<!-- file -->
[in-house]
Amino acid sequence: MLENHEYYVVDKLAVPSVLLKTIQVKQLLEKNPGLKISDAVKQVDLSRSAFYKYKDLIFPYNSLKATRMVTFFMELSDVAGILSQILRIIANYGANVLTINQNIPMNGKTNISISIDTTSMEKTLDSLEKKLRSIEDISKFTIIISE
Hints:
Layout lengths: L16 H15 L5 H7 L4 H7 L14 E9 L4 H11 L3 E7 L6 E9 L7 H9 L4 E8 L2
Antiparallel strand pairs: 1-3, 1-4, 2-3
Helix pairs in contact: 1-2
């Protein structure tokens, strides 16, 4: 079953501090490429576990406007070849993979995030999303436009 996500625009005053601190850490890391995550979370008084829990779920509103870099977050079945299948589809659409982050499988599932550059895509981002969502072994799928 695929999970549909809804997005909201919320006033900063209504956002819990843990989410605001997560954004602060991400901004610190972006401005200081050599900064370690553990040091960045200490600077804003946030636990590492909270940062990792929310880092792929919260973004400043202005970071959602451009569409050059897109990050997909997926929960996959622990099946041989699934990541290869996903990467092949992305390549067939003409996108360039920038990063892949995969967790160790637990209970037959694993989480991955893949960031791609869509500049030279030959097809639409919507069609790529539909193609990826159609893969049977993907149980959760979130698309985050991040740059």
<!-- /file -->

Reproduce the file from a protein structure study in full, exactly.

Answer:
[in-house]
Amino acid sequence: MLENHEYYVVDKLAVPSVLLKTIQVKQLLEKNPGLKISDAVKQVDLSRSAFYKYKDLIFPYNSLKATRMVTFFMELSDVAGILSQILRIIANYGANVLTINQNIPMNGKTNISISIDTTSMEKTLDSLEKKLRSIEDISKFTIIISE
Hints:
Layout lengths: L16 H15 L5 H7 L4 H7 L14 E9 L4 H11 L3 E7 L6 E9 L7 H9 L4 E8 L2
Antiparallel strand pairs: 1-3, 1-4, 2-3
Helix pairs in contact: 1-2
């Protein structure tokens, strides 16, 4: 079953501090490429576990406007070849993979995030999303436009 996500625009005053601190850490890391995550979370008084829990779920509103870099977050079945299948589809659409982050499988599932550059895509981002969502072994799928 695929999970549909809804997005909201919320006033900063209504956002819990843990989410605001997560954004602060991400901004610190972006401005200081050599900064370690553990040091960045200490600077804003946030636990590492909270940062990792929310880092792929919260973004400043202005970071959602451009569409050059897109990050997909997926929960996959622990099946041989699934990541290869996903990467092949992305390549067939003409996108360039920038990063892949995969967790160790637990209970037959694993989480991955893949960031791609869509500049030279030959097809639409919507069609790529539909193609990826159609893969049977993907149980959760979130698309985050991040740059």